Foreign travelers coming to the United States to conduct temporary business, for example business meetings and consultations, attending conventions and conferences, or negotiating contracts, need visitor visas unless they qualify for entry under the Visa Waiver Program.
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For travel to the United States to conduct temporary business.
While citizens of Canada and Bermuda generally do not need visas to conduct temporary business, some business trips may require a visa.
Traveling to the United States for another reason?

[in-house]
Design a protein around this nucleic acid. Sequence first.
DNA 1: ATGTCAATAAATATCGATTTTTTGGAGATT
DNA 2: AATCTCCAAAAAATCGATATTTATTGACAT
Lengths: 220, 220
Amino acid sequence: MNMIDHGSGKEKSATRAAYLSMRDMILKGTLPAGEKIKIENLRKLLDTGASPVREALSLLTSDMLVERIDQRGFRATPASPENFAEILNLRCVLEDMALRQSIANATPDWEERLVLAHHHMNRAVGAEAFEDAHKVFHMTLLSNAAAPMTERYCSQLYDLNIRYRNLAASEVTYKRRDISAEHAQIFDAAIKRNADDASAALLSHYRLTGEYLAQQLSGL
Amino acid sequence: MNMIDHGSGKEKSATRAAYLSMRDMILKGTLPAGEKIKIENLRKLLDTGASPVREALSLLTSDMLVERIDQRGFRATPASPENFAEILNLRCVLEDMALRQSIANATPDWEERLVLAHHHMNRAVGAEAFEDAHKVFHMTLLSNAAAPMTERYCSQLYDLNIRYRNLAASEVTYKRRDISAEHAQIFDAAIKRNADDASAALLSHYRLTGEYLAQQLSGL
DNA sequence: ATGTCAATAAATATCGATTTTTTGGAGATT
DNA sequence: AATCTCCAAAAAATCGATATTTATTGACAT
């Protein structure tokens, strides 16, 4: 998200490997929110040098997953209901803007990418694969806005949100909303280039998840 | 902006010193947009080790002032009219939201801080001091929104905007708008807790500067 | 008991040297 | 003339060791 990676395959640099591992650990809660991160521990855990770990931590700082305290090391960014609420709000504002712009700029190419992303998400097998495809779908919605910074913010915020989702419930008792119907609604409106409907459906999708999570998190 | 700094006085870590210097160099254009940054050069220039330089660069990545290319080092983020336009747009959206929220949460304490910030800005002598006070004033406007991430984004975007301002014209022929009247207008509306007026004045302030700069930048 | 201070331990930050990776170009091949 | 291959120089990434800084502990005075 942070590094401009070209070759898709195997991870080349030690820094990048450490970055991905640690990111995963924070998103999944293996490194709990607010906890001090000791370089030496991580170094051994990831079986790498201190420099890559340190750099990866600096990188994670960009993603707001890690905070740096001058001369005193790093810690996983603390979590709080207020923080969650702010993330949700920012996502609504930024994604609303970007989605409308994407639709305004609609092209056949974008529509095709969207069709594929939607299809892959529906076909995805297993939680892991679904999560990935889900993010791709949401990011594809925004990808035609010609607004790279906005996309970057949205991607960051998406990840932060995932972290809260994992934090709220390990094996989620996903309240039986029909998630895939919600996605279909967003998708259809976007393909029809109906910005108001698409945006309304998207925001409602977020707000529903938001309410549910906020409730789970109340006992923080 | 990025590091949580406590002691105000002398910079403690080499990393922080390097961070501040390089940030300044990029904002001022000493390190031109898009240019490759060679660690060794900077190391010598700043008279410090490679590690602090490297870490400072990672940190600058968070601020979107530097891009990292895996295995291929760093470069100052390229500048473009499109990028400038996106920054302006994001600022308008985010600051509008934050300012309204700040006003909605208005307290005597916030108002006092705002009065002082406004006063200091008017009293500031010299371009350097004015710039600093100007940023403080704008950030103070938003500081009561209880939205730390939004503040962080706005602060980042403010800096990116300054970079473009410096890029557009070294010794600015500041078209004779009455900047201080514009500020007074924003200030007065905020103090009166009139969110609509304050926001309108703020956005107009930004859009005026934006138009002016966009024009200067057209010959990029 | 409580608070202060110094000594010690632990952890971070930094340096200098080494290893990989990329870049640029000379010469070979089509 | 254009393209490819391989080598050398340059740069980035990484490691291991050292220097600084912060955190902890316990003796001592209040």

* With respect to all references to “country” or “countries” on this page, it should be noted that the Taiwan Relations Act of 1979, Pub. L. No. 96-8, Section 4(b)(1), provides that “[w]henever the laws of the United States refer or relate to foreign countries, nations, states, governments, or similar entities, such terms shall include and such laws shall apply with respect to Taiwan.” 22 U.S.C. § 3303(b)(1). Accordingly, all references to “country” or “countries” in the Visa Waiver Program authorizing legislation, Section 217 of the Immigration and Nationality Act, 8 U.S.C. 1187, are read to include Taiwan. This is consistent with the United States’ one-China policy, under which the United States has maintained unofficial relations with Taiwan since 1979.